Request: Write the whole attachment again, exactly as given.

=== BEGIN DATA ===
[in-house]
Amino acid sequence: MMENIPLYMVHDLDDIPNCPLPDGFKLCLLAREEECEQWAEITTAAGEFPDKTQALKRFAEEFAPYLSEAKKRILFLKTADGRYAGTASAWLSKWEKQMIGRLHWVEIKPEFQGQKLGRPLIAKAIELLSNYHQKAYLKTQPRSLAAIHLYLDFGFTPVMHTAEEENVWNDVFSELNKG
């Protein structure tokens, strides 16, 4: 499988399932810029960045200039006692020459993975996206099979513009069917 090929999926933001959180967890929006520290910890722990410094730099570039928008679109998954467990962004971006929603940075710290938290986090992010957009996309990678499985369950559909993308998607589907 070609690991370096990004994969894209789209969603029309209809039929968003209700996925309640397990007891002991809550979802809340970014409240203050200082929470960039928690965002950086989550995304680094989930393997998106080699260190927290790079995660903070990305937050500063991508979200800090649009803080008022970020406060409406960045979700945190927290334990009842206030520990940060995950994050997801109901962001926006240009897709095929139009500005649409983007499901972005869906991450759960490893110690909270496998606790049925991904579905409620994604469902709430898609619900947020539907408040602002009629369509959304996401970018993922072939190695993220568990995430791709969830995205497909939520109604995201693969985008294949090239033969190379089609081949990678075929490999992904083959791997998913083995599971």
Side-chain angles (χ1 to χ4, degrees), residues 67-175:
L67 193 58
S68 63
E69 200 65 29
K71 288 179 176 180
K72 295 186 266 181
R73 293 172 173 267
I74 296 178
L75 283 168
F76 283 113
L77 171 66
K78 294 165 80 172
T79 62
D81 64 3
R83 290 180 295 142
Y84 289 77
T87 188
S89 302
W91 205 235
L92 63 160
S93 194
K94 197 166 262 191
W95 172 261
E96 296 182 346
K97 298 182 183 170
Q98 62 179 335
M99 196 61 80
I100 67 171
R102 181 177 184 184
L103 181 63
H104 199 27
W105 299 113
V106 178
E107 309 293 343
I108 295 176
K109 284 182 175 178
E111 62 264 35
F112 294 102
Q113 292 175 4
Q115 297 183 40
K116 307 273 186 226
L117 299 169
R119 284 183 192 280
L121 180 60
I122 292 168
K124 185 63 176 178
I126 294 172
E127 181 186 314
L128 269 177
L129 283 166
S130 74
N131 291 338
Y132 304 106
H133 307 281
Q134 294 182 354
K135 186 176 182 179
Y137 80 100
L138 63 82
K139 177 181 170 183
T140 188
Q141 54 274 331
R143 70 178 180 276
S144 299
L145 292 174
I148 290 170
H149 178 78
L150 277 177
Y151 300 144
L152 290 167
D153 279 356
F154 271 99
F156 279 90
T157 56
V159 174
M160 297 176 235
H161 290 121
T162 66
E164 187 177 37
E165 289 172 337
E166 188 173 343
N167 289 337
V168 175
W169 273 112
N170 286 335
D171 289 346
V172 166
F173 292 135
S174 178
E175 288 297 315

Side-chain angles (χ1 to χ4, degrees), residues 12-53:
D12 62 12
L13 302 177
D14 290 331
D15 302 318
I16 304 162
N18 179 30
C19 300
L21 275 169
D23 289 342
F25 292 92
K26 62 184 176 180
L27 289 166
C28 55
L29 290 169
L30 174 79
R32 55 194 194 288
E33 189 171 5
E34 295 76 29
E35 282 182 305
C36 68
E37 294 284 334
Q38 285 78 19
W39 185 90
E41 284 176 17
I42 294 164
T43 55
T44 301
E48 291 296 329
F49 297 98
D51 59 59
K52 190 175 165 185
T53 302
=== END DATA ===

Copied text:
[in-house]
Amino acid sequence: MMENIPLYMVHDLDDIPNCPLPDGFKLCLLAREEECEQWAEITTAAGEFPDKTQALKRFAEEFAPYLSEAKKRILFLKTADGRYAGTASAWLSKWEKQMIGRLHWVEIKPEFQGQKLGRPLIAKAIELLSNYHQKAYLKTQPRSLAAIHLYLDFGFTPVMHTAEEENVWNDVFSELNKG
């Protein structure tokens, strides 16, 4: 499988399932810029960045200039006692020459993975996206099979513009069917 090929999926933001959180967890929006520290910890722990410094730099570039928008679109998954467990962004971006929603940075710290938290986090992010957009996309990678499985369950559909993308998607589907 070609690991370096990004994969894209789209969603029309209809039929968003209700996925309640397990007891002991809550979802809340970014409240203050200082929470960039928690965002950086989550995304680094989930393997998106080699260190927290790079995660903070990305937050500063991508979200800090649009803080008022970020406060409406960045979700945190927290334990009842206030520990940060995950994050997801109901962001926006240009897709095929139009500005649409983007499901972005869906991450759960490893110690909270496998606790049925991904579905409620994604469902709430898609619900947020539907408040602002009629369509959304996401970018993922072939190695993220568990995430791709969830995205497909939520109604995201693969985008294949090239033969190379089609081949990678075929490999992904083959791997998913083995599971």
Side-chain angles (χ1 to χ4, degrees), residues 67-175:
L67 193 58
S68 63
E69 200 65 29
K71 288 179 176 180
K72 295 186 266 181
R73 293 172 173 267
I74 296 178
L75 283 168
F76 283 113
L77 171 66
K78 294 165 80 172
T79 62
D81 64 3
R83 290 180 295 142
Y84 289 77
T87 188
S89 302
W91 205 235
L92 63 160
S93 194
K94 197 166 262 191
W95 172 261
E96 296 182 346
K97 298 182 183 170
Q98 62 179 335
M99 196 61 80
I100 67 171
R102 181 177 184 184
L103 181 63
H104 199 27
W105 299 113
V106 178
E107 309 293 343
I108 295 176
K109 284 182 175 178
E111 62 264 35
F112 294 102
Q113 292 175 4
Q115 297 183 40
K116 307 273 186 226
L117 299 169
R119 284 183 192 280
L121 180 60
I122 292 168
K124 185 63 176 178
I126 294 172
E127 181 186 314
L128 269 177
L129 283 166
S130 74
N131 291 338
Y132 304 106
H133 307 281
Q134 294 182 354
K135 186 176 182 179
Y137 80 100
L138 63 82
K139 177 181 170 183
T140 188
Q141 54 274 331
R143 70 178 180 276
S144 299
L145 292 174
I148 290 170
H149 178 78
L150 277 177
Y151 300 144
L152 290 167
D153 279 356
F154 271 99
F156 279 90
T157 56
V159 174
M160 297 176 235
H161 290 121
T162 66
E164 187 177 37
E165 289 172 337
E166 188 173 343
N167 289 337
V168 175
W169 273 112
N170 286 335
D171 289 346
V172 166
F173 292 135
S174 178
E175 288 297 315

Side-chain angles (χ1 to χ4, degrees), residues 12-53:
D12 62 12
L13 302 177
D14 290 331
D15 302 318
I16 304 162
N18 179 30
C19 300
L21 275 169
D23 289 342
F25 292 92
K26 62 184 176 180
L27 289 166
C28 55
L29 290 169
L30 174 79
R32 55 194 194 288
E33 189 171 5
E34 295 76 29
E35 282 182 305
C36 68
E37 294 284 334
Q38 285 78 19
W39 185 90
E41 284 176 17
I42 294 164
T43 55
T44 301
E48 291 296 329
F49 297 98
D51 59 59
K52 190 175 165 185
T53 302